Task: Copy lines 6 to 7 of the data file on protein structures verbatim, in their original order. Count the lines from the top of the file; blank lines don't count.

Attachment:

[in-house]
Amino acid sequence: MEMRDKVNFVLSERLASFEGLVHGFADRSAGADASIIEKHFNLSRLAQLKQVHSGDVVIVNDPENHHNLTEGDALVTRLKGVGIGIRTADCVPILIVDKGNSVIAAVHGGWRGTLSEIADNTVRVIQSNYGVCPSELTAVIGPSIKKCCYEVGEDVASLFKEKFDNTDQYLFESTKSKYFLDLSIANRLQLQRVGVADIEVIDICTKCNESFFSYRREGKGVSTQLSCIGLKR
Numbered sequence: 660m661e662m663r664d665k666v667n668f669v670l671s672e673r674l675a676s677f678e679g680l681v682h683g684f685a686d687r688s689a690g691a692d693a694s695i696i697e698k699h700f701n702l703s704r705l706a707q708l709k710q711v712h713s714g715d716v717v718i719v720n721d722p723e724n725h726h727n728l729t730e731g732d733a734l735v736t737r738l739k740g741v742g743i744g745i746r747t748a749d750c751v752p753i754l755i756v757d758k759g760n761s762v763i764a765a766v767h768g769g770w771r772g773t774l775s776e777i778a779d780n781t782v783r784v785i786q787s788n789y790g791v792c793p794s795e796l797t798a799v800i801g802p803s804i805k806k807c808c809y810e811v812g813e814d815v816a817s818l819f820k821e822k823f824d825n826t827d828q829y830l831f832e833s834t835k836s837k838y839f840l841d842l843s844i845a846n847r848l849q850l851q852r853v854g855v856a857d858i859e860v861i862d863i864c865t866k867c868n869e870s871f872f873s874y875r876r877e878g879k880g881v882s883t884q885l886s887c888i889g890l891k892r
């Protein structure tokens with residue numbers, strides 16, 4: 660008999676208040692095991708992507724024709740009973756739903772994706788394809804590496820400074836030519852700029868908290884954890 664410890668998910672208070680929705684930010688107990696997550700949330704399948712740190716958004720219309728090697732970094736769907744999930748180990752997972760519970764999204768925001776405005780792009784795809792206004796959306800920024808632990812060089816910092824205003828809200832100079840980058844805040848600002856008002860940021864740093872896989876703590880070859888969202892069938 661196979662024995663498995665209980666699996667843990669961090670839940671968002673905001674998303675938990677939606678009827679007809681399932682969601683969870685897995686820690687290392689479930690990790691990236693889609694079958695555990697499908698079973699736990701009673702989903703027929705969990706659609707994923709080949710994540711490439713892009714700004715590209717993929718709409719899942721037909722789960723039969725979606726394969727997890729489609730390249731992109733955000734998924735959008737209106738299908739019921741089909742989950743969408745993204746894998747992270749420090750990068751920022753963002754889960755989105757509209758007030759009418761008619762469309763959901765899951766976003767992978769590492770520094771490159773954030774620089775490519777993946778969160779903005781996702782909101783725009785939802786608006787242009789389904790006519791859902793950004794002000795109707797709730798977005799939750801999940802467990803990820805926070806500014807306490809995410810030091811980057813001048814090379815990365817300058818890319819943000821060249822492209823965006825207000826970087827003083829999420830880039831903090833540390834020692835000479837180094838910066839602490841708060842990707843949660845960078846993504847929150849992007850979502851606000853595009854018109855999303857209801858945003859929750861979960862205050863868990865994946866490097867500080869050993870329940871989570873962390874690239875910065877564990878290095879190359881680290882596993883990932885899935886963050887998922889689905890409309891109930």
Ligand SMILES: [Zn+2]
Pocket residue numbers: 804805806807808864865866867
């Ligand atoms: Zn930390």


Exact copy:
Pocket residue numbers: 804805806807808864865866867
């Ligand atoms: Zn930390």